|Name||The Hayesbrook School|
|Address||Brook Street, Tonbridge, TN9 2PH|
|Number of Pupils||444 (98.2% boys 1.8% girls)|
|Number of Pupils per Teacher||17.5|
|Academy Sponsor||Brook Learning Trust|
|Percentage Free School Meals||16.6%|
|Percentage English is Not First Language||8.2%|
|Pupils with SEN Support||8.2%|
|Catchment Area Indicator Available||Yes|
|Last Distance Offered Available||No|
Highlights from Latest Full Inspection (13 June 2013)
Note: There may have been more recent inspections, since 13 June 2013, such as monitoring visits or short inspections. For details of all inspections, please see above.
Information about this school
The Hayesbrook School is smaller than the average-sized secondary school. The school converted to an academy in December 2010 and is part of The Hayesbrook School Academy Trust. When its predecessor school, of the same name, was last inspected by Ofsted, it was judged to be outstanding. The school has specialisms in mathematics and sport, and is a designated teaching school. The majority of students are White British with very small numbers of Asian, Caribbean and mixed heritage students. The proportion of students who speak English as an additional language is below average. The proportion of students known to be eligible for the pupil premium, which is additional funding for students in receipt of free school meals, children looked after by the local authority and children from service families, is in line with the national average. At the time of the inspection, there were a small number of children in local authority care and none from service families. The proportion of students eligible for the Year 7 catch-up premium is above the national average. The proportion of disabled pupils and those with special educational needs supported through school action is above the national average. The proportion of students supported at school action plus or with a statement of special educational needs is well above the national average. A small number of students who are at risk of being excluded attend alternative provision at off-site programmes such as the West Kent Student Support Centre, Hadlow College and K College. At the end of Year 11, a significant number of higher attaining students leave the school to continue their sixth form education in neighbouring grammar schools. The school meets the government?s current floor standards, which set the minimum expectations for students? attainment and progress at the end of Key Stage 4.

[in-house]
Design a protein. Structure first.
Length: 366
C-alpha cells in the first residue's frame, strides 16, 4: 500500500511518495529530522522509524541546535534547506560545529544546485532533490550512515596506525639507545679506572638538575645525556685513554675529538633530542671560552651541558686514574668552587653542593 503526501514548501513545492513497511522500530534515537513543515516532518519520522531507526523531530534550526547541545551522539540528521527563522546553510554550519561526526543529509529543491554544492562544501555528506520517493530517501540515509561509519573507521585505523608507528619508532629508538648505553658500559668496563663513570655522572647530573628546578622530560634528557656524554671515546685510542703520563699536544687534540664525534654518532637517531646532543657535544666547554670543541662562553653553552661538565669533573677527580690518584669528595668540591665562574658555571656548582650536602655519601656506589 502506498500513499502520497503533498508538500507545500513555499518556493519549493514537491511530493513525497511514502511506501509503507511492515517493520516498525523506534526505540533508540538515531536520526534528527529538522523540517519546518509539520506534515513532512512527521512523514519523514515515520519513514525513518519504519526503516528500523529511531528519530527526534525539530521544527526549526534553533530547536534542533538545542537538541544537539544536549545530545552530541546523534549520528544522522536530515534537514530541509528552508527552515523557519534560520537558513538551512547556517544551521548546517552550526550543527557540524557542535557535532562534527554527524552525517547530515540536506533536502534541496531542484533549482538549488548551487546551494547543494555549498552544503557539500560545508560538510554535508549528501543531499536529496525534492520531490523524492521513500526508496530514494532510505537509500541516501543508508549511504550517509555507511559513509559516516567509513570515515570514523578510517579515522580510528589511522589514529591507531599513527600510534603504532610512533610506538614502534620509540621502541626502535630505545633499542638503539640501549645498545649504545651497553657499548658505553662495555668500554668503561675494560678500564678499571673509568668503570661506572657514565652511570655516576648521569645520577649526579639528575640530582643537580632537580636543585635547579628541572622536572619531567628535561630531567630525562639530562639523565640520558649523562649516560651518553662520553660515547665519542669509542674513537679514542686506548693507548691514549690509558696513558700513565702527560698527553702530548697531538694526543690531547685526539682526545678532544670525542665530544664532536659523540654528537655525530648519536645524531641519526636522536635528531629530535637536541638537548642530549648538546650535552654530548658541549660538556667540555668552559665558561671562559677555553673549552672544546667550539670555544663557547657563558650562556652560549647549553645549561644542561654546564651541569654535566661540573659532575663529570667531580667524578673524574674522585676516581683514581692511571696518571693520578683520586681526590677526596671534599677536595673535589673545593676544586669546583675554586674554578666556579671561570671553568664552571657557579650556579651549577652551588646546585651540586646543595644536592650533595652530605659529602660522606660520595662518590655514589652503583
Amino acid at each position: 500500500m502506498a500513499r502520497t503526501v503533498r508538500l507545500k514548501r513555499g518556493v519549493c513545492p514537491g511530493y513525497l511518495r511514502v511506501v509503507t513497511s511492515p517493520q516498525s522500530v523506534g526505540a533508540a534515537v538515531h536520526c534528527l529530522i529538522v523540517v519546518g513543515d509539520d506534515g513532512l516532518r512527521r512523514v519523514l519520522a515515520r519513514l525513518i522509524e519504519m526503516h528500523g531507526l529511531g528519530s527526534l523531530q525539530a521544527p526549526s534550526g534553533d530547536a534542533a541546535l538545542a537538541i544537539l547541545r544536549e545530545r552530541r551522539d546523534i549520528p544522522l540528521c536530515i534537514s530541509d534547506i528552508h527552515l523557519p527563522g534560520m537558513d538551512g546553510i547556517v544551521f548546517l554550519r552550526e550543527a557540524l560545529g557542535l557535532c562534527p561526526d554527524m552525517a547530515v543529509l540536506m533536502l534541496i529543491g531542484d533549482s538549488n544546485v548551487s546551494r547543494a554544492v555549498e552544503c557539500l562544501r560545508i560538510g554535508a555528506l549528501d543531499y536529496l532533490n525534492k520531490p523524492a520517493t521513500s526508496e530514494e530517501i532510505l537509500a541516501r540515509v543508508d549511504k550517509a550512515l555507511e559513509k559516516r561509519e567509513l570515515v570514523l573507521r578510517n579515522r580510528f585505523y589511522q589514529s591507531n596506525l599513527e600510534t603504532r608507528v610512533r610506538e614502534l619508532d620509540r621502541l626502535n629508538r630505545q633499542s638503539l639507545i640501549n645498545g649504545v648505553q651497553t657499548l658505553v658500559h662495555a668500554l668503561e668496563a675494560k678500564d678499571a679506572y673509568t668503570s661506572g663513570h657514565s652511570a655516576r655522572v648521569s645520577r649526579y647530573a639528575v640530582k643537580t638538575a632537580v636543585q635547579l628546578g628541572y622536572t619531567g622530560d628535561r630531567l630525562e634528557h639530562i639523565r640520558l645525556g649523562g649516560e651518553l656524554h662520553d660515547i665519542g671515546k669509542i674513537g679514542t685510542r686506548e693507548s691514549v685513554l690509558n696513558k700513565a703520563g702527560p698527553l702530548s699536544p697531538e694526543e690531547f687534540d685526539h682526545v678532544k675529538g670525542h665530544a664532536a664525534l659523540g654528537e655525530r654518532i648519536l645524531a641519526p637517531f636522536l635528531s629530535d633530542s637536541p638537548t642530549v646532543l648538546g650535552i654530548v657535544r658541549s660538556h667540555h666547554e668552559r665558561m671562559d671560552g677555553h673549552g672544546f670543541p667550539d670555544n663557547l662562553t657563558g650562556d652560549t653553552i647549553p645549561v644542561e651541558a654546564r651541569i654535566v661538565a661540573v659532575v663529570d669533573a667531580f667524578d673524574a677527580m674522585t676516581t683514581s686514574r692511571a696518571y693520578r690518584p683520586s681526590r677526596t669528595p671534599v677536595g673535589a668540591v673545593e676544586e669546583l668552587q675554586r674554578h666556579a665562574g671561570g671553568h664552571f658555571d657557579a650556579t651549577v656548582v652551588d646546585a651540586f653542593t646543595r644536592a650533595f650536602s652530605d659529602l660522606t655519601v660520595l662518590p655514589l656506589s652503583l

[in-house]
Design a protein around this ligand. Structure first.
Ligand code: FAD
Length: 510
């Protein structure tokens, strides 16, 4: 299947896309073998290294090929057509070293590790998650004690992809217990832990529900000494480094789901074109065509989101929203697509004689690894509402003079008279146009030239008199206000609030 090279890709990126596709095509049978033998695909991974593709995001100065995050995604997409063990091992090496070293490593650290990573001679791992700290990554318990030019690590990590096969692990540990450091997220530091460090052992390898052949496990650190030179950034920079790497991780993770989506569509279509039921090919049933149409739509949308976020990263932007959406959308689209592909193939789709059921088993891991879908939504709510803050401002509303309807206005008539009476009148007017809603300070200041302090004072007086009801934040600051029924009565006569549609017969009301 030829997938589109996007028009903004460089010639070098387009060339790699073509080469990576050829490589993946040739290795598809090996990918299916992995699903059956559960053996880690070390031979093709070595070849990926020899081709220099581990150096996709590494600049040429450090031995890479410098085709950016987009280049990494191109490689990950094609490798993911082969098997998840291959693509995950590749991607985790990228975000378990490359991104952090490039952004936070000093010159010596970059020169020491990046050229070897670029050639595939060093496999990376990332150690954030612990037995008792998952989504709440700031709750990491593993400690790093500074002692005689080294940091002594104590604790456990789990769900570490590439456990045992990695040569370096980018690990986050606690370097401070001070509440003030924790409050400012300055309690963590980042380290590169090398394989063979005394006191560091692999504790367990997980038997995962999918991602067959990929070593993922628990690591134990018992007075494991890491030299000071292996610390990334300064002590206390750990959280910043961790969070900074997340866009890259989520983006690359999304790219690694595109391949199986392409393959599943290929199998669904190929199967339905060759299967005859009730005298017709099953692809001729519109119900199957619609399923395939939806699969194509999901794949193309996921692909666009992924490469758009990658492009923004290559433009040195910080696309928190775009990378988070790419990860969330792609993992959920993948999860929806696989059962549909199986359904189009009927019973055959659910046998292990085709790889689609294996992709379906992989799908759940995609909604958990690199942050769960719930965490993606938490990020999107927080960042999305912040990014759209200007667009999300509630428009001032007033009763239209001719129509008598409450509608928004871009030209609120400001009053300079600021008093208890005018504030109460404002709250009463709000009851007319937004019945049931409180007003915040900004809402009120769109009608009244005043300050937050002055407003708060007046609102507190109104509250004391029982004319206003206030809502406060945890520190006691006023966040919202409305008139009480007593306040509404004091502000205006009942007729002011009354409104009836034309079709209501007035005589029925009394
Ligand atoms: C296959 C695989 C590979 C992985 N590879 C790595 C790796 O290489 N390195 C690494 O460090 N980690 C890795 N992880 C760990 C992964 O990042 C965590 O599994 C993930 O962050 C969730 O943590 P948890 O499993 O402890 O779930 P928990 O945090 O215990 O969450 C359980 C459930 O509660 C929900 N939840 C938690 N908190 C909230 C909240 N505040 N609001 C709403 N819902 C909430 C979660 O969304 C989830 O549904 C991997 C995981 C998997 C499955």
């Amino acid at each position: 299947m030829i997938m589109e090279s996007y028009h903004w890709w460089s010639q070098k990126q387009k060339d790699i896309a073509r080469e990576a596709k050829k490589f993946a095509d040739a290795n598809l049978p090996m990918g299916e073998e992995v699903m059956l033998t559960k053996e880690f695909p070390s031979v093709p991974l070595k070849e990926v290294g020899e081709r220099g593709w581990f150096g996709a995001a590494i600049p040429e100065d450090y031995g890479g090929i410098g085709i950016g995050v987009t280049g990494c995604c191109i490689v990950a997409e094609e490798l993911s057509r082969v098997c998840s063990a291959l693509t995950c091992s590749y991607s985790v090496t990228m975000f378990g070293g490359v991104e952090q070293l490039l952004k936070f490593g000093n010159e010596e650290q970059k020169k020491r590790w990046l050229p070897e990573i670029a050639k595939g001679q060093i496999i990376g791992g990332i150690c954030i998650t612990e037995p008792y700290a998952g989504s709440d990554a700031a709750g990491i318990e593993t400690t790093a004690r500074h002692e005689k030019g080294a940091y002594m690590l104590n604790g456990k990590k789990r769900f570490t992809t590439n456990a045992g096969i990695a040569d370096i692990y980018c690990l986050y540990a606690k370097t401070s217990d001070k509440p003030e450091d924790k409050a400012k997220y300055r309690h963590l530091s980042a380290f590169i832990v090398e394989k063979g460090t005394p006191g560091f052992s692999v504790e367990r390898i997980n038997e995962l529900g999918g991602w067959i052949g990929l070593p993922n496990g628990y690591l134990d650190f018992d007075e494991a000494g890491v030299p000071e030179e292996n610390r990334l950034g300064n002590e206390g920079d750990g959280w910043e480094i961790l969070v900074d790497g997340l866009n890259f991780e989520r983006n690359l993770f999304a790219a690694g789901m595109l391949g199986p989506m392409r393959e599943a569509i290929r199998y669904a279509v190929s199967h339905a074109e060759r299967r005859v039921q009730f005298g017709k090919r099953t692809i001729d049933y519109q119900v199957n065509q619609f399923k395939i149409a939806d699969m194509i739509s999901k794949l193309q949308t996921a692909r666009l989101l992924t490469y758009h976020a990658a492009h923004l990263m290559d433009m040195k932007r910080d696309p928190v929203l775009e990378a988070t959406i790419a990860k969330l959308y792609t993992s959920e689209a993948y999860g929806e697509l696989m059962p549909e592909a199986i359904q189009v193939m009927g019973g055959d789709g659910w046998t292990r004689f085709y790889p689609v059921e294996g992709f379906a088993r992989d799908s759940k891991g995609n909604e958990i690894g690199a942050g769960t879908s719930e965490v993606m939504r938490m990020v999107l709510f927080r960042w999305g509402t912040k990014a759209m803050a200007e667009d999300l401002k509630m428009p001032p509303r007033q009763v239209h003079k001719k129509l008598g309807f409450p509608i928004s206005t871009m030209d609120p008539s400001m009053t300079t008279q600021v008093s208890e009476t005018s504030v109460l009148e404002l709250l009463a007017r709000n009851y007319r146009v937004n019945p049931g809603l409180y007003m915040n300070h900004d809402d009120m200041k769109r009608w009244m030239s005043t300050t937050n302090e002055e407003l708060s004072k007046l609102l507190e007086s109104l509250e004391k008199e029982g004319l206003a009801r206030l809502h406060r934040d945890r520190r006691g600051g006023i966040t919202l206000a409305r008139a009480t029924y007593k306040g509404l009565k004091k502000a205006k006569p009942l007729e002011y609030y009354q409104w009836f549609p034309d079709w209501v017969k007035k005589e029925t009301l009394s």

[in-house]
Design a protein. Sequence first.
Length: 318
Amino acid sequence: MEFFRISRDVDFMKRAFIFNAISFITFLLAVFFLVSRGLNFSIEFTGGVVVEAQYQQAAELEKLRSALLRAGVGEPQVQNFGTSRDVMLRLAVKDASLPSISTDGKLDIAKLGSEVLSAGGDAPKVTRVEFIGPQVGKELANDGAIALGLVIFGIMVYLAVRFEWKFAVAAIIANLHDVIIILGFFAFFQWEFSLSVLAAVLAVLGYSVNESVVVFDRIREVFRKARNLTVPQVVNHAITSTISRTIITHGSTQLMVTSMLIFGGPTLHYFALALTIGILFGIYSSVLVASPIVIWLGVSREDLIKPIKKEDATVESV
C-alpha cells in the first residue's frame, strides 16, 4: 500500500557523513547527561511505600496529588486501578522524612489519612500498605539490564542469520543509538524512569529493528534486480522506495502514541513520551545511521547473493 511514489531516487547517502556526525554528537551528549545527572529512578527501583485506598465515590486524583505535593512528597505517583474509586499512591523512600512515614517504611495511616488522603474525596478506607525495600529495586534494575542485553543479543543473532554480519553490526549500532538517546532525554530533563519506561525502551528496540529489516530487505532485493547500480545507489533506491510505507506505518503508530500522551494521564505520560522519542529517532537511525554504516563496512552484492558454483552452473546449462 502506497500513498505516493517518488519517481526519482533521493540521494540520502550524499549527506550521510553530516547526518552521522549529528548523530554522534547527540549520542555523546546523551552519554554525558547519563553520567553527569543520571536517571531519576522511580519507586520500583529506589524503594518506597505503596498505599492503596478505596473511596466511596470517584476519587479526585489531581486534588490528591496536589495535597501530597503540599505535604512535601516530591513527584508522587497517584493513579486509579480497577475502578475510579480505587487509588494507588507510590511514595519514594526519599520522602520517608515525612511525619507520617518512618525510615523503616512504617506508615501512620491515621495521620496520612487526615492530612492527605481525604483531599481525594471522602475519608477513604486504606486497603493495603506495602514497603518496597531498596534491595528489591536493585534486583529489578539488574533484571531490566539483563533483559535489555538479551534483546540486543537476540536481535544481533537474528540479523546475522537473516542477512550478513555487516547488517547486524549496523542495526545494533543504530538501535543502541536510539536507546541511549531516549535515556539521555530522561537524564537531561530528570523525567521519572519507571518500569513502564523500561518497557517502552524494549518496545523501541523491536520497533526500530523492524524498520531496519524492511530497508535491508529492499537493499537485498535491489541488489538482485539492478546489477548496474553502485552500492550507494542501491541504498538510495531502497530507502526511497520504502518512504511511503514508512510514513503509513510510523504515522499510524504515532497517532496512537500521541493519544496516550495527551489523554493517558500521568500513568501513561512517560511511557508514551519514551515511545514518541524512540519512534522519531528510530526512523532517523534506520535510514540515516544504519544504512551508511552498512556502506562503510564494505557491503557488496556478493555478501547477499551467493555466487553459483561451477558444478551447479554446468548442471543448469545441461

Summary of key findings for parents and pupils
This is a good school. Standards are in line with national averages and students make good progress from their very low starting points. Progress in English and mathematics is good and improving. Disabled students and those with special educational needs as well as students eligible for the pupil premium make good progress as a result of extra support including help with their reading. Teaching is consistently good with an increasing proportion that is outstanding. Teaching is improving as a result of careful monitoring and focused training and development. Students? attitudes to their learning are excellent. They feel safe, behave exceptionally well in lessons and take considerable pride in their school. They are courteous, considerate and respectful towards staff, visitors and one another. Academy Trust staff, the governing body, the Principal and senior staff have worked relentlessly together to successfully address the dip in the 2012 results by focusing on improving the quality of teaching. The governing body has been tenacious in holding the school to account for its performance and monitoring strengths and weaknesses through classroom visits and analysis of information on students? progress. Students? spiritual, moral, social and cultural development is a strength. Students value the range of sporting opportunities on offer. The school is highly regarded for the support it provides to partnership schools in helping them to raise standards, improve teaching and develop leadership and management. Provision in the sixth form is good. It is not yet an outstanding school because: There is not enough teaching that is outstanding to ensure that all students make rapid and sustained progress. Lessons do not always cater for the full ability range or stretch more-able students. Opportunities for students to make use of technology within and outside the classroom are limited. Marking does not always give students clear guidance on how well they are doing and what they must do to improve. The school does not make sufficient use of available information to identify, evaluate and pursue trends in attainment and progress. The achievement in the sixth form is not rising as quickly as it is in the main school.